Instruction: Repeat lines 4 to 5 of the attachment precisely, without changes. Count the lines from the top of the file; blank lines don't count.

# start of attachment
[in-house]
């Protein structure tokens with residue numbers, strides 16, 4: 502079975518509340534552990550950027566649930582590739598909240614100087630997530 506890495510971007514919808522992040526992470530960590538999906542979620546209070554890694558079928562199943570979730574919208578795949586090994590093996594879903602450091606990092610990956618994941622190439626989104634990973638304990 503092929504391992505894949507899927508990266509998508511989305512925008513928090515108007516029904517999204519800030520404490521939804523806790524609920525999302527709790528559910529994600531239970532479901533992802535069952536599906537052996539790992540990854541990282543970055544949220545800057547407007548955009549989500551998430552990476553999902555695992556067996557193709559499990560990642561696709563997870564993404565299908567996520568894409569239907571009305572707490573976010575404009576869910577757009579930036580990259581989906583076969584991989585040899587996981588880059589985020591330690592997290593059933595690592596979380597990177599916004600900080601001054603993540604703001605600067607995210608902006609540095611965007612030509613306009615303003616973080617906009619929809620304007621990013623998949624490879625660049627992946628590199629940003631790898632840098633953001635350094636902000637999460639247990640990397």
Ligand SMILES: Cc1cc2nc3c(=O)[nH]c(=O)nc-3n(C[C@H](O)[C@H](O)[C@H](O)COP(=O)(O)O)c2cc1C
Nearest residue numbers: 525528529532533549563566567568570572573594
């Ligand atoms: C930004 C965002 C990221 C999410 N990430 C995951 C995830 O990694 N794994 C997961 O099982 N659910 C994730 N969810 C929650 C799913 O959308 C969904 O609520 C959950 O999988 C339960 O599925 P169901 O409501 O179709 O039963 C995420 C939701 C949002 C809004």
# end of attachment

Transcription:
Nearest residue numbers: 525528529532533549563566567568570572573594
């Ligand atoms: C930004 C965002 C990221 C999410 N990430 C995951 C995830 O990694 N794994 C997961 O099982 N659910 C994730 N969810 C929650 C799913 O959308 C969904 O609520 C959950 O999988 C339960 O599925 P169901 O409501 O179709 O039963 C995420 C939701 C949002 C809004």